Wednesday, February 4, 2009

Godlings

Shortly before Christmas, I posted an image from an old issue of The Strategic Review that associated the then-new fivefold alignment system with an early version of the planar arrangement canonized in the AD&D Players Handbook. One of the most interesting features of that image was the inclusion of the names of four different types of beings, each one connected to one of the "corners" of the alignment/planar schema: "saint" in the Lawful Good corner, "devil" in the Lawful Evil corner, "demon" in the Chaotic Evil corner, and "godling" in the Chaotic Good corner.

Devils and demons are very well established in D&D lore, saints less so, but they have been mentioned from time to time (there was even an article in Dragon that dealt with the topic in greater detail). Godlings, on the other hand, are mostly a mystery. From context, I suspect Gygax's original intention was that they were immortal-human hybrids -- demigods in the usual use of the term -- of the sort encountered regularly in Greek mythology. Herakles would be an example of a godling on this understanding.

Obviously, D&D never really picked up on this idea (or, if it did, I missed it), so I've been pondering it a bit in the context of my own idiosyncratic take on alignment. As I have it, the gods are from Elsewhere and define Law by their ordering of Nature to serve their own ends. Saints are beings raised up in their service, while devils are former servants who have fallen. Demons are a "byproduct" of the gods' ordering of Nature -- the cosmic equivalent of radioactive waste given malevolent intelligence. Great believer in symmetry that I am, the question arises: what of those byproducts that aren't malevolent? Is such a thing possible?

I say yes and so godlings are a kind of non-evil "demon." That is, they're Chaotically-aligned supernatural beings created as an unintended consequence of the gods' meddling with Nature. This is the origin for all the "little gods" I drop into my campaign, as well as oddities like the Horse Lords the steppe nomads accept as their aristocracy or the Amazons that threaten the lands of civilized men. Godlings are thus a catch-all for any kind of aberrations, freaks, and weirdos that don't have any other obvious origin or connection in the world. Being Chaotic, they are generally destructive and unpredictable, but they needn't be malicious, since demons already have that niche covered. Of course, godlings can be quite unpleasant and many of them are, but it's more because of their whimsical self-absorption than malice.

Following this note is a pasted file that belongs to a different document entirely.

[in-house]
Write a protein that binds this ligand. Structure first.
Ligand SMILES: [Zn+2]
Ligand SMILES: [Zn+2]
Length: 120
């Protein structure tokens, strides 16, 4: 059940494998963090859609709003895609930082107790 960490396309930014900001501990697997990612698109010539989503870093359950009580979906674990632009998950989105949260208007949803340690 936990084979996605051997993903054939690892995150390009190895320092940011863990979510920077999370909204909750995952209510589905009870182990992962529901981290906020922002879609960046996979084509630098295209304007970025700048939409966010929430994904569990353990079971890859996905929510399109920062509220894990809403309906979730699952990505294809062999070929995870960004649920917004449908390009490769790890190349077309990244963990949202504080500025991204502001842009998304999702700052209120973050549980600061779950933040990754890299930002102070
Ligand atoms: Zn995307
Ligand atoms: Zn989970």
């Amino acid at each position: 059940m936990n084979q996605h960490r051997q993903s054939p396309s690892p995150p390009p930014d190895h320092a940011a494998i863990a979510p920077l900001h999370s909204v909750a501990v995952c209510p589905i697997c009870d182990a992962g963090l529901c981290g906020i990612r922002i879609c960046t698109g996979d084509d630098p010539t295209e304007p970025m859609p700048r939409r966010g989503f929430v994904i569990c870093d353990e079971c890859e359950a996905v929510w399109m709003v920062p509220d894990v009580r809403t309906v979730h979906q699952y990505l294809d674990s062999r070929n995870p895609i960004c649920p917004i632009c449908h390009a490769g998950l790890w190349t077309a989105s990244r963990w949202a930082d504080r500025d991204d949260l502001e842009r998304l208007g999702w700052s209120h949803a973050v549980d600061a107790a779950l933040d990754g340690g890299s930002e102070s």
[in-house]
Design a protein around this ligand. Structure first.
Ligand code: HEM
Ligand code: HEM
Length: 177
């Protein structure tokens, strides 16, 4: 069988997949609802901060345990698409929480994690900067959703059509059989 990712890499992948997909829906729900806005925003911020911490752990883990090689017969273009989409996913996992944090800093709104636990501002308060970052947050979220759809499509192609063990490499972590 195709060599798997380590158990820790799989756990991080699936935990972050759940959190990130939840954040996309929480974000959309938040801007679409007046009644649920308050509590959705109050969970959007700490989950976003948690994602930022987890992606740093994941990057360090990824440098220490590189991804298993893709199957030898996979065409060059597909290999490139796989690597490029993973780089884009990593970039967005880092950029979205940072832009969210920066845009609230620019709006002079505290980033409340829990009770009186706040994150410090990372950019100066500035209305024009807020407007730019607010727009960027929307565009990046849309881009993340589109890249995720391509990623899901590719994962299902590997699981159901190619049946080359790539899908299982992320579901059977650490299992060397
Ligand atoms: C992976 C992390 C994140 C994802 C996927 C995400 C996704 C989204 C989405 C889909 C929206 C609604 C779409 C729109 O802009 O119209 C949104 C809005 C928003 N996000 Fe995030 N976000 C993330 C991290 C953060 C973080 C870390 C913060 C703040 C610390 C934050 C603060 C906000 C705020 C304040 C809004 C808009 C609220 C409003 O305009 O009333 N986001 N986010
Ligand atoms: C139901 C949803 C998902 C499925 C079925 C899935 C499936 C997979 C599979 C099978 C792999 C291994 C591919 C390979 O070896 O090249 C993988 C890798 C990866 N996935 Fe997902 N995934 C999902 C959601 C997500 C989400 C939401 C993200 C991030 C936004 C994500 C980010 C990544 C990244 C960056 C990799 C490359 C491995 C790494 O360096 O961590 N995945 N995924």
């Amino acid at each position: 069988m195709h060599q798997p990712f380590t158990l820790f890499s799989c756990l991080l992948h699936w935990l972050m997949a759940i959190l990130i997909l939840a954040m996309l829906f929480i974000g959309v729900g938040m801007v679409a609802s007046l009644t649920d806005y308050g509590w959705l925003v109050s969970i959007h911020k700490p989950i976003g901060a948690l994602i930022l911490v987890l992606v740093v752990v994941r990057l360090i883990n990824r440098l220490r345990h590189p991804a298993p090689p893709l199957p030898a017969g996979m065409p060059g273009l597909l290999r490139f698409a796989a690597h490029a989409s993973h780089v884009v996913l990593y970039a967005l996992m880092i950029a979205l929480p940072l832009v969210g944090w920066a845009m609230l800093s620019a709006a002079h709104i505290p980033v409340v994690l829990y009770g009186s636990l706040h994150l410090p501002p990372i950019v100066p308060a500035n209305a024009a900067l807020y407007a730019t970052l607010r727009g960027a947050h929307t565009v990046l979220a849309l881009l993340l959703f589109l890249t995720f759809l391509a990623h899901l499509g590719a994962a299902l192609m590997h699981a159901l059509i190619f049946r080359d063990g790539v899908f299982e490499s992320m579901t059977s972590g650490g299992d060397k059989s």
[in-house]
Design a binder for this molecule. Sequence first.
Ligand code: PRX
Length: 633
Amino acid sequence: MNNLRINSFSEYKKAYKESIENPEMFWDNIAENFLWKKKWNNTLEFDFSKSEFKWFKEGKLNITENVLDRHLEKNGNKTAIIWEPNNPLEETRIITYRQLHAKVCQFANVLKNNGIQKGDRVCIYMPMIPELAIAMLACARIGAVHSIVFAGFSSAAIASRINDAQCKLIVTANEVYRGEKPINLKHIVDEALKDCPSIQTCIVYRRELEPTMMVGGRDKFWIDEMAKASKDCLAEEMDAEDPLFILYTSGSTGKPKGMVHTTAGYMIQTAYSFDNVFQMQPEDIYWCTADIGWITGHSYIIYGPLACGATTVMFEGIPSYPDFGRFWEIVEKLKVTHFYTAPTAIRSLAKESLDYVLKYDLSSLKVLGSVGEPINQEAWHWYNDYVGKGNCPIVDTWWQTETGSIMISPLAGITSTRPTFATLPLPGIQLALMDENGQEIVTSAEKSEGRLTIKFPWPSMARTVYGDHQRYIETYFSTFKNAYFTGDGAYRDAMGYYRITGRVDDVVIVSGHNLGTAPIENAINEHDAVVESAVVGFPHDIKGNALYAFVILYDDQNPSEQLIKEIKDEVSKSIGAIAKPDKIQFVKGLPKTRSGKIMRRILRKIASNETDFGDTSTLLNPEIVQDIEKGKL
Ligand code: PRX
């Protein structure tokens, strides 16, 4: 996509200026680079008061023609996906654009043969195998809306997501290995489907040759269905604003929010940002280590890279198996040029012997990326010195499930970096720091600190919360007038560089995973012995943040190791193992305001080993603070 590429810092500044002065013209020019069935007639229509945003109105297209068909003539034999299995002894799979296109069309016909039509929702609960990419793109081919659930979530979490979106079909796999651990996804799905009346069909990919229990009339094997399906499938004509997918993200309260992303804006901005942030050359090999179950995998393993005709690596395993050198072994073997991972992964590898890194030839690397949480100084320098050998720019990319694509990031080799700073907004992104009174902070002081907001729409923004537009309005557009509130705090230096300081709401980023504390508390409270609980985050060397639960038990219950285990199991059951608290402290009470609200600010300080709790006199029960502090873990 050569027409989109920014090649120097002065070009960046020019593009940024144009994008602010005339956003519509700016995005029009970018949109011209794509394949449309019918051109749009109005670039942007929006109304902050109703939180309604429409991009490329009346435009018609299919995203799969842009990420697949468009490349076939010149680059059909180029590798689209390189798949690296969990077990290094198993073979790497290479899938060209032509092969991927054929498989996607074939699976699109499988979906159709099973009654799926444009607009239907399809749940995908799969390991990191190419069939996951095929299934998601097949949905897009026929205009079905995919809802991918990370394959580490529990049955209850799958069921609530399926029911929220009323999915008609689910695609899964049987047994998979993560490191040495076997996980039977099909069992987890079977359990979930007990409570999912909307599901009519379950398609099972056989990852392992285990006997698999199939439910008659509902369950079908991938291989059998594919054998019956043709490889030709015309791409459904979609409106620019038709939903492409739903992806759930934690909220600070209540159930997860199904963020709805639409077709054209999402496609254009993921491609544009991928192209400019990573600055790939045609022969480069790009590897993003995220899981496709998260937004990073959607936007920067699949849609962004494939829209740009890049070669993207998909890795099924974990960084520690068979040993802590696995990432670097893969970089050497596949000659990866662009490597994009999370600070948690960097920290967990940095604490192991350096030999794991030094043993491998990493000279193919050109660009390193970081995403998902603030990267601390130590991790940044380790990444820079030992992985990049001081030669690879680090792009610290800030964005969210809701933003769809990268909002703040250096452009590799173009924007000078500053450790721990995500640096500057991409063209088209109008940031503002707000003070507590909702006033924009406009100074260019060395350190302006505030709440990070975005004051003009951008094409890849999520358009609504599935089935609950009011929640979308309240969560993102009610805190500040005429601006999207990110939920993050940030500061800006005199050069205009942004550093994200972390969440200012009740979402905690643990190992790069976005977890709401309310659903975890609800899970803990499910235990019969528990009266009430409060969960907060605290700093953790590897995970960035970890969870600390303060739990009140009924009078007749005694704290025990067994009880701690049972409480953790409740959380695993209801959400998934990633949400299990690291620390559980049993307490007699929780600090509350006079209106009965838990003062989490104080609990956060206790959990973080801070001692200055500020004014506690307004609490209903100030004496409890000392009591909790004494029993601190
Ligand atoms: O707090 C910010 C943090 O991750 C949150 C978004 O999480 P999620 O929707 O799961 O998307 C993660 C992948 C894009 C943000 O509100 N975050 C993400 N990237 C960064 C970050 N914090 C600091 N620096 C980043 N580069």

(This makes me wonder if perhaps the Eld are godlings in origin, who have become more demon-like as time has gone on. Hmmm.)

12 comments:

  1. "immortal-human hybrids," I would think. Don'tcha hate it when your hands aren't paying attention to your typing?

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  2. Godlings are thus a catch-all for any kind of aberrations, freaks, and weirdos that don't have any other obvious origin or connection in the world. Being Chaotic, they are generally destructive and unpredictable, but they needn't be malicious, since demons already have that niche covered.

    This sounds a bit more like CN. These guys aren't just not-necessarily-malicious, they've pegged the good-o-meter according to the chart.

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  3. Monster Manual 2 includes devas, planetars, solars, and other "good demon/devil equivilents." Perhaps these are intended to be what you're referring to?

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  4. Ah, I like that idea. After I read this I incorporated the godling into my homebrew.

    Godlings are the old ones creations (the old ones are gods in my campaign) who gained great powers by unlocking secrets of the world and learning the ways of the old ones. They then began to create works of their own. Magical items and rituals, prayers that channels the power of the old ones.